This book presents discussions by experts on all significant aspects of Byzantine Studies. Byzantine Studies deals with the history and culture of the Byzantine Empire, the eastern half of the Late Roman Empire, from the fourth to the fourteenth century. Its centre was the city formerly known as Byzantium, refounded as Constantinople in 324
Scott Fitzgerald Johnson (ed.)
The Oxford Handbook of Late Antiquity offers an innovative overview of a period (c. 300-700
Christer Bruun and Jonathan Edmondson (eds)
Inscriptions are valuable for anyone interested in the Roman world and Roman culture, whether they are studying history, archaeology, literature, religion, or are working in a field that intersects with the Roman world from c. 500 BCE to 500 CE and beyond. The goal of The Oxford Handbook of Roman Epigraphy is to show why inscriptions matter and to demonstrate to students and scholars how to utilize epigraphic sources in their research.
Brian Campbell and Lawrence A. Tritle (eds)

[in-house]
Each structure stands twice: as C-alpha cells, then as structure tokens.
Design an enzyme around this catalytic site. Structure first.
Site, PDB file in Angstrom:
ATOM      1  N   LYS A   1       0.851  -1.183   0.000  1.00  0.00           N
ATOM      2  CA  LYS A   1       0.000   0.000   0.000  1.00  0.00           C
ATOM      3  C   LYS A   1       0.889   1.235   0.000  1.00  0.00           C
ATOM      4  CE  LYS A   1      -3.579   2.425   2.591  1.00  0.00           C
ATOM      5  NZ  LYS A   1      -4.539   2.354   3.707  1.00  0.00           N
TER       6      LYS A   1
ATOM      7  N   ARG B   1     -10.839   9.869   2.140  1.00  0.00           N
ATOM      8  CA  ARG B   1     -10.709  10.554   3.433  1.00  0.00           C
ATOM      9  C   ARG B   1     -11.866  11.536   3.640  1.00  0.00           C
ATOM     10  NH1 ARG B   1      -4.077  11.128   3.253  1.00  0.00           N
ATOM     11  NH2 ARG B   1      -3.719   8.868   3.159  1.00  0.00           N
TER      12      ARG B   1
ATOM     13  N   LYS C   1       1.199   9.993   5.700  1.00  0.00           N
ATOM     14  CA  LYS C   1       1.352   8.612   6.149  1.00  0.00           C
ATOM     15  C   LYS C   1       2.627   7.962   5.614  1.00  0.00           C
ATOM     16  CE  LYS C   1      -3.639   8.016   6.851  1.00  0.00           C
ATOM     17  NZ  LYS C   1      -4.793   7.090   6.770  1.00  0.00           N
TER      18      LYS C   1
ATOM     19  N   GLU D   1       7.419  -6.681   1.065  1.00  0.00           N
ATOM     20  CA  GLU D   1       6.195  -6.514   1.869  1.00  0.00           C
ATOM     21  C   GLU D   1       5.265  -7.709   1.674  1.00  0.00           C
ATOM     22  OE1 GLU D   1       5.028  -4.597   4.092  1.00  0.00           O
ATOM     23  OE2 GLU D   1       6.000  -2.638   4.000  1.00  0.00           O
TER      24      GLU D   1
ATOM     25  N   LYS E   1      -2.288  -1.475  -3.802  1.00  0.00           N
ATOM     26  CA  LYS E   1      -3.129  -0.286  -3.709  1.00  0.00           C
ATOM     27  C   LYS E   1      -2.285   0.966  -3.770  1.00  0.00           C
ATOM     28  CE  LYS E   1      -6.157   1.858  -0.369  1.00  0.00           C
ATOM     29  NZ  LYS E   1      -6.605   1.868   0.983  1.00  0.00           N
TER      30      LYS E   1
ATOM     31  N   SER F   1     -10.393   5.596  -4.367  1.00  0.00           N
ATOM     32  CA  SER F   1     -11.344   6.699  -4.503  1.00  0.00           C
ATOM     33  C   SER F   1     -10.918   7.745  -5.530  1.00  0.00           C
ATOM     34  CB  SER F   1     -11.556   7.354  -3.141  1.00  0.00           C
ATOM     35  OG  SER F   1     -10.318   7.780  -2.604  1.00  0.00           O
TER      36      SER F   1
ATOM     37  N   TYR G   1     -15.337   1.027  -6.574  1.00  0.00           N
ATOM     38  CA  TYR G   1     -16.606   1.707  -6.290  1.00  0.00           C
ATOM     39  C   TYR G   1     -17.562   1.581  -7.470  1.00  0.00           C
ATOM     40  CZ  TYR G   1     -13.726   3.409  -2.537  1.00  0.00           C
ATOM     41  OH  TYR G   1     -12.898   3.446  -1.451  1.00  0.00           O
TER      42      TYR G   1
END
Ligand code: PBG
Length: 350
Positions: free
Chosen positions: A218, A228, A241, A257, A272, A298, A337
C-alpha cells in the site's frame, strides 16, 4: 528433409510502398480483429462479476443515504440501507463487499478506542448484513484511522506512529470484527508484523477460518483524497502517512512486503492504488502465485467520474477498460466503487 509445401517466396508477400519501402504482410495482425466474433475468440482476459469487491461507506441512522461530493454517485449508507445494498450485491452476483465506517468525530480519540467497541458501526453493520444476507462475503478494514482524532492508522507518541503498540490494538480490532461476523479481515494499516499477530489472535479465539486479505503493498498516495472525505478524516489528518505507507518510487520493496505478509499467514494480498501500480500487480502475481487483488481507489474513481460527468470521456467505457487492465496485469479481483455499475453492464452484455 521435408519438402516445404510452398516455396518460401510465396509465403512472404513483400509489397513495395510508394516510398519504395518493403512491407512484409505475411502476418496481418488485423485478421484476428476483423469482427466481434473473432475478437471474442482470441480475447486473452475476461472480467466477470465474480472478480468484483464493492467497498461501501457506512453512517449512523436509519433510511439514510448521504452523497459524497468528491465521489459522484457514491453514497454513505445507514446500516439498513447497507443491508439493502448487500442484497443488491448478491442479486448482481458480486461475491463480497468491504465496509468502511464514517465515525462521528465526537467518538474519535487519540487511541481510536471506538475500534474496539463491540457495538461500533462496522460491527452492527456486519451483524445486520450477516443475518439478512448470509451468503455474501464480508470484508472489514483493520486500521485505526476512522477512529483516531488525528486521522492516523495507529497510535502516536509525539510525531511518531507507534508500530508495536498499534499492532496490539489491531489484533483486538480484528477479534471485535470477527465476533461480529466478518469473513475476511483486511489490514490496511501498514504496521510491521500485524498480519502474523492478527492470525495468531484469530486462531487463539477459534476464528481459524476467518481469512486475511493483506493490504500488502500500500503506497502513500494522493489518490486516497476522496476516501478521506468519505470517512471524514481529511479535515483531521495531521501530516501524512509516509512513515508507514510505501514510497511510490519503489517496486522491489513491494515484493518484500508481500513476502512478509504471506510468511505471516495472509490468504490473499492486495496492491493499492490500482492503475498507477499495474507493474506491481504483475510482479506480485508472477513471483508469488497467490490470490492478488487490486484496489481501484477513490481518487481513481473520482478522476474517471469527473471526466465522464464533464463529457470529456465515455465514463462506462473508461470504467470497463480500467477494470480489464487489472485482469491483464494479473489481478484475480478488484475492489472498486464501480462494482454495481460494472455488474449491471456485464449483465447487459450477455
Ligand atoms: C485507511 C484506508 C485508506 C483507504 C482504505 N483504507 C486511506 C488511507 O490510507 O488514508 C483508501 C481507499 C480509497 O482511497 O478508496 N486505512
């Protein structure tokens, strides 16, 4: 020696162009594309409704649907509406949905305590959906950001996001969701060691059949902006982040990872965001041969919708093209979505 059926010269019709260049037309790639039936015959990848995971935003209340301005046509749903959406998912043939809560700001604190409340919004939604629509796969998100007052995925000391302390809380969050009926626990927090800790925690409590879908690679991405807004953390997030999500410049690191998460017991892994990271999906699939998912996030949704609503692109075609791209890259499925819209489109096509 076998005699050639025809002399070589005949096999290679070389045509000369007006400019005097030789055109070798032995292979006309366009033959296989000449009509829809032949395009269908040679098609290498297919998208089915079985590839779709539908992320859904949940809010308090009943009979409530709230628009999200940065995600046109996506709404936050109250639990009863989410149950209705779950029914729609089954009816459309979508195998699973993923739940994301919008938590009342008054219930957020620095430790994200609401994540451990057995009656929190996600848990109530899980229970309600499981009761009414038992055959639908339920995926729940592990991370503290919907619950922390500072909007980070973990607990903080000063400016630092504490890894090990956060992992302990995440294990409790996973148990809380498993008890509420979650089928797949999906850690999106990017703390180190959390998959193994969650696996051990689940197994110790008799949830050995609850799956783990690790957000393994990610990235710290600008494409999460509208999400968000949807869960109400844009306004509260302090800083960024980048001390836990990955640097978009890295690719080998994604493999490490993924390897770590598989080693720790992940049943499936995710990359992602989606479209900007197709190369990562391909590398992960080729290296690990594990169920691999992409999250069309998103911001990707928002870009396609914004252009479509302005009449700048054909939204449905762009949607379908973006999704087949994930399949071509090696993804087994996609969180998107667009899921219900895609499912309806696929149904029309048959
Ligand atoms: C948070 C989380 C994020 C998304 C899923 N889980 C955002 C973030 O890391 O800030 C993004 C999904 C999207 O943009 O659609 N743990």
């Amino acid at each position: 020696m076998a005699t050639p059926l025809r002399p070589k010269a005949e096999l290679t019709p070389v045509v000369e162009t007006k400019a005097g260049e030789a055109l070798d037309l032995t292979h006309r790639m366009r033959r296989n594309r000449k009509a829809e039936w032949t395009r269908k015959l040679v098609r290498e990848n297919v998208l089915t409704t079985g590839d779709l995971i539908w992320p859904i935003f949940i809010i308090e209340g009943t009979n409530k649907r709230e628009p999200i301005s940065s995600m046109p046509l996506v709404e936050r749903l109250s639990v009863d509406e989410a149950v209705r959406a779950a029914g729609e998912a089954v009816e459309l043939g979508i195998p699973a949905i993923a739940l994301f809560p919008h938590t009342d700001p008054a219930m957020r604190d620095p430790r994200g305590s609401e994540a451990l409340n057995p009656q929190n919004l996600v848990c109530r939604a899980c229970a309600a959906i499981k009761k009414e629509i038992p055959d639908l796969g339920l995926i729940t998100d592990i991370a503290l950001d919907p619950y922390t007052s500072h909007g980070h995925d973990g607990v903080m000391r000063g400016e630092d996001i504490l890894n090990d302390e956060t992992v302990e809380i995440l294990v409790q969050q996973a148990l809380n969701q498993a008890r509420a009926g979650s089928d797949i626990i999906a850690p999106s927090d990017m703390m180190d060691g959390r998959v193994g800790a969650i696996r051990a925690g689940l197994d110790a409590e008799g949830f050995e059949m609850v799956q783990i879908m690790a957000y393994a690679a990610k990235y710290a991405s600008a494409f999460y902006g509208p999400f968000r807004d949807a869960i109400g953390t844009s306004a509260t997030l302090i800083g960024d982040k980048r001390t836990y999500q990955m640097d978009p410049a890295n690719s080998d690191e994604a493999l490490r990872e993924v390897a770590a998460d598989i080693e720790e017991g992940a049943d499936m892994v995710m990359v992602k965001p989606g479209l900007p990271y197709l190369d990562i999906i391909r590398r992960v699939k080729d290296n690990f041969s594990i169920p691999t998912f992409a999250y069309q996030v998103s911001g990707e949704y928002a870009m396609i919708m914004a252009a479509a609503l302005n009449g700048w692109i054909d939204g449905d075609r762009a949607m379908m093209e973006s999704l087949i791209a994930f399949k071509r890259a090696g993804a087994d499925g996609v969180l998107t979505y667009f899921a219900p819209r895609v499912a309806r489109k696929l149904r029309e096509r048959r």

War lay at the heart of much of life in the classical world, from conflicts between tribes or states, internal or civil wars, or wars waged to suppress rebellions. Battles were resolved by face-to-face encounters—violent and bloody for the participants—and thus war was a very personal experience. Nevertheless, warfare and its conduct took a wider relevance far beyond the battlefield and often had significant economic, social, or political consequences. The Oxford Handbook of Warfare in the Classical World offers a critical examination of war and organized violence, and their relevance beyond the battlefield, in classical Greece and Rome. Its introduction begins with the ancient sources for the writing of war, preceded by broad surveys of ancient Greece and Rome. Also included herein are chapters analyzing new finds in battlefield archaeology and how the environment affected the ancient practice of war. A second section is comprised of broad narratives of classical societies at war, covering the expanse from classical Greece through to the Roman Empire. Part III contains thematic discussions that examine closely the nature of battle: what soldiers experienced as they fought; the challenges of conducting war at sea; and how the wounded were treated. A final section offers six case studies, including analyses of the Peloponnesian War, the Second Punic War, and Rome's war with Sasanian Persia. The book closes with an epilogue that offers an exploration of the legacy of classical warfare.